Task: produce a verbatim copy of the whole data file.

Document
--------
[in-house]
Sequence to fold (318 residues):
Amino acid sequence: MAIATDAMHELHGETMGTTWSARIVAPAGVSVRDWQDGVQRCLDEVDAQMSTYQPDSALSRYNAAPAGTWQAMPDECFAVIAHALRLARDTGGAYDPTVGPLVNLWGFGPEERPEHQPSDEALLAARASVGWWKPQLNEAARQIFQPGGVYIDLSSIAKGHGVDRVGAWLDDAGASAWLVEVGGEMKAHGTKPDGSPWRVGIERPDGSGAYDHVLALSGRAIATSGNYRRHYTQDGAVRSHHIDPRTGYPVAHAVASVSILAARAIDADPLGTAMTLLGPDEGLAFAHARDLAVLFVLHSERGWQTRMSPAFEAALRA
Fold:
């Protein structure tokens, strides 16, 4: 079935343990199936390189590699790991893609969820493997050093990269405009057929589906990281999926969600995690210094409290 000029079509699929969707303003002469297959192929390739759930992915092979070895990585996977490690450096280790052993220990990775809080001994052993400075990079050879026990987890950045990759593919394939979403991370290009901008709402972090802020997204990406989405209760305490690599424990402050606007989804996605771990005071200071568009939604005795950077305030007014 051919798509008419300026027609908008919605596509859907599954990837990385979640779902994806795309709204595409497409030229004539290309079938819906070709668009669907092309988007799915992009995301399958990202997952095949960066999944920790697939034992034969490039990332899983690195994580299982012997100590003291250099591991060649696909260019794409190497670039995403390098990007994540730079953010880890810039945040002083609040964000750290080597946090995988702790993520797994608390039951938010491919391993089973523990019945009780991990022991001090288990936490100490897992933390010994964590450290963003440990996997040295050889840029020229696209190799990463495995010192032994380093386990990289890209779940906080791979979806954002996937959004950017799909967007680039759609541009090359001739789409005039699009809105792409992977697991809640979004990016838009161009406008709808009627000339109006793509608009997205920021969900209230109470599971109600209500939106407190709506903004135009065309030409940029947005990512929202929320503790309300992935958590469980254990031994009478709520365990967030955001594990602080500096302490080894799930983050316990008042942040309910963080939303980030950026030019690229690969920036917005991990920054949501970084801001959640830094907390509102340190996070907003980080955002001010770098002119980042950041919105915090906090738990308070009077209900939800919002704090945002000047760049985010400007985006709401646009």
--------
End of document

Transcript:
[in-house]
Sequence to fold (318 residues):
Amino acid sequence: MAIATDAMHELHGETMGTTWSARIVAPAGVSVRDWQDGVQRCLDEVDAQMSTYQPDSALSRYNAAPAGTWQAMPDECFAVIAHALRLARDTGGAYDPTVGPLVNLWGFGPEERPEHQPSDEALLAARASVGWWKPQLNEAARQIFQPGGVYIDLSSIAKGHGVDRVGAWLDDAGASAWLVEVGGEMKAHGTKPDGSPWRVGIERPDGSGAYDHVLALSGRAIATSGNYRRHYTQDGAVRSHHIDPRTGYPVAHAVASVSILAARAIDADPLGTAMTLLGPDEGLAFAHARDLAVLFVLHSERGWQTRMSPAFEAALRA
Fold:
């Protein structure tokens, strides 16, 4: 079935343990199936390189590699790991893609969820493997050093990269405009057929589906990281999926969600995690210094409290 000029079509699929969707303003002469297959192929390739759930992915092979070895990585996977490690450096280790052993220990990775809080001994052993400075990079050879026990987890950045990759593919394939979403991370290009901008709402972090802020997204990406989405209760305490690599424990402050606007989804996605771990005071200071568009939604005795950077305030007014 051919798509008419300026027609908008919605596509859907599954990837990385979640779902994806795309709204595409497409030229004539290309079938819906070709668009669907092309988007799915992009995301399958990202997952095949960066999944920790697939034992034969490039990332899983690195994580299982012997100590003291250099591991060649696909260019794409190497670039995403390098990007994540730079953010880890810039945040002083609040964000750290080597946090995988702790993520797994608390039951938010491919391993089973523990019945009780991990022991001090288990936490100490897992933390010994964590450290963003440990996997040295050889840029020229696209190799990463495995010192032994380093386990990289890209779940906080791979979806954002996937959004950017799909967007680039759609541009090359001739789409005039699009809105792409992977697991809640979004990016838009161009406008709808009627000339109006793509608009997205920021969900209230109470599971109600209500939106407190709506903004135009065309030409940029947005990512929202929320503790309300992935958590469980254990031994009478709520365990967030955001594990602080500096302490080894799930983050316990008042942040309910963080939303980030950026030019690229690969920036917005991990920054949501970084801001959640830094907390509102340190996070907003980080955002001010770098002119980042950041919105915090906090738990308070009077209900939800919002704090945002000047760049985010400007985006709401646009």